28 February 2002
Dr. Schneibel MWF 10AM
Objective: Explain the theme of James Joyce's "The Boarding House." Identify its overriding idea. Establish grounds for your interpretation and explain why the idea is important.
Theme: Every reputation meets the challenge of realizing the appearance of propriety is of greater social importance than the essence of propriety.
Discussion of theme in "The Boarding House" by James Joyce
When an author sits down to write a story, he or she may already have the basic plot and theme of the story in mind. The setting and mood of a story help to unfold the mystery behind the text: What drove the author to write the story? For "The Boarding House" James Joyce probably sat down with pen, paper, and an idea. As the characters came into motion, the theme became unveiled: it is inevitable that each reputation meets challenges which force the individual to an epiphany that the appearance of propriety is socially more important than the essence of propriety. In the case of "The Boarding House," Mrs. Mooney, Polly, and Mr. Doran have to battle individual struggles in the attempt to maintain a seemingly reasonably sense of propriety in the community.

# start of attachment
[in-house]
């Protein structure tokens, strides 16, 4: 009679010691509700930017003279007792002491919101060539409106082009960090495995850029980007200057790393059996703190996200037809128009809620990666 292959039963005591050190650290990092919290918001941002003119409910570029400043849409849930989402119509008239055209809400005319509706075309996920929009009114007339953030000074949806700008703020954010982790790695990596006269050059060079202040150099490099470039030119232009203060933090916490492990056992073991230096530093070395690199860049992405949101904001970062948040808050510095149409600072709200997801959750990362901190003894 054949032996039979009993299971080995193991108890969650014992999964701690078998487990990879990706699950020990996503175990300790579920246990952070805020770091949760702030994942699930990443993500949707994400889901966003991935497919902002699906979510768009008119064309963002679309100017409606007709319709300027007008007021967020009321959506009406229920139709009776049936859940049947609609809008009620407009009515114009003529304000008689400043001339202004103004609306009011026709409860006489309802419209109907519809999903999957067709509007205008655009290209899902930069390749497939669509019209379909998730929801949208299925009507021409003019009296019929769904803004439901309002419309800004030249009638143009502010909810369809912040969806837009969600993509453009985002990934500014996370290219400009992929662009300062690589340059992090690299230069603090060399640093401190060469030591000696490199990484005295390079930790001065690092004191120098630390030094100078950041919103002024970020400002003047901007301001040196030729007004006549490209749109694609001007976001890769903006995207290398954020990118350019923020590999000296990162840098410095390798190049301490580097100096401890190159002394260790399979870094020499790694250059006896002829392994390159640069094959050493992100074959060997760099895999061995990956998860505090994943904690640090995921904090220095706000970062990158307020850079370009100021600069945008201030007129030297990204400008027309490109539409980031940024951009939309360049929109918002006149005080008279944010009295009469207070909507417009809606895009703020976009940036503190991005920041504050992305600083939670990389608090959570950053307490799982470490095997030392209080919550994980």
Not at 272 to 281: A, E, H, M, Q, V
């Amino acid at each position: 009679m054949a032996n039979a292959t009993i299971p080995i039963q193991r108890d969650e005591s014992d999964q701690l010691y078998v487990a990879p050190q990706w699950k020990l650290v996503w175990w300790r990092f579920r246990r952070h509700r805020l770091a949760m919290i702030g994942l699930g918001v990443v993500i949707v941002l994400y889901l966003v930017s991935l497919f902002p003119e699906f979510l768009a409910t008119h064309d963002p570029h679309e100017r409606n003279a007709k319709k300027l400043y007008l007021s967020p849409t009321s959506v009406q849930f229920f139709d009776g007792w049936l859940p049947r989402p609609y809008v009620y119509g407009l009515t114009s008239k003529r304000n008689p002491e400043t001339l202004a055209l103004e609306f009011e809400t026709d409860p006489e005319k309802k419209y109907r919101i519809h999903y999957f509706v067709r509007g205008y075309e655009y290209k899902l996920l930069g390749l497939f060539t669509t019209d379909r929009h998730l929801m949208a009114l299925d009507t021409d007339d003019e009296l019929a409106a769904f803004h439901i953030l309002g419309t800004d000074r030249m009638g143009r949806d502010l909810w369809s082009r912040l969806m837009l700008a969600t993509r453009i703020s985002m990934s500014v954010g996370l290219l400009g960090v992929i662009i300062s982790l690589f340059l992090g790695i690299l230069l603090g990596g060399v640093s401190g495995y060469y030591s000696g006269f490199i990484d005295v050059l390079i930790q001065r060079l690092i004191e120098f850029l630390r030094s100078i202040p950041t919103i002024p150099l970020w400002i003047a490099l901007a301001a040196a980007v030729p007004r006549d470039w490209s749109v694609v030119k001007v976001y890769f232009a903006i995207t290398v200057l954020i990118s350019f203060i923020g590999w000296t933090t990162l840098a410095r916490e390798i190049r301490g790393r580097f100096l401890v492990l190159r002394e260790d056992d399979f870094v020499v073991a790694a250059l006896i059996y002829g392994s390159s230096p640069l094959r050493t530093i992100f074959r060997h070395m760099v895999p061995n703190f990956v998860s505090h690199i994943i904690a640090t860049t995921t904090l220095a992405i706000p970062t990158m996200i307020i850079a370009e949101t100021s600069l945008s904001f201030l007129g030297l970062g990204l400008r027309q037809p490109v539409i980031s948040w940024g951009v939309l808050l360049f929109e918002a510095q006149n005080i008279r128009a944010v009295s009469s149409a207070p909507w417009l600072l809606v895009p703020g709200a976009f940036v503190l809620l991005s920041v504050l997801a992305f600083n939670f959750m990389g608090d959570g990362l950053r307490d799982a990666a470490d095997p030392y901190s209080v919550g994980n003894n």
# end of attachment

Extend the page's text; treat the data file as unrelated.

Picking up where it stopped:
As Mrs. Mooney is a member of the Catholic faith and must therefore hold strong in propriety. To ensure a pleasant atmosphere surrounds her, she hosts a gathering on Sundays at which everyone would jump in to act as entertainment including Mrs. Mooney's two children Jack and Polly. Unfortunately, her life hasn't always seemed so easy. After the death of Mrs. Mooney's father, Mr. Mooney "went to the devil" and began to drink, gamble, and engage in other less than ideal activities. When Mr. Mooney attacks her with a cleaver, Mrs. Mooney visits the priest to ask for a separation with care of the children. She is granted the separation with care of the children without having to offer Mr. Mooney room or board. This results in Mrs. Mooney beginning to set herself straight again and opening a boarding house for tourists and residents alike. When she opens the boarding house, she tries to govern the house "cunningly and firmly" while knowing "when to give credit, when to be stern, and when to let things pass."
As previously stated, Mrs....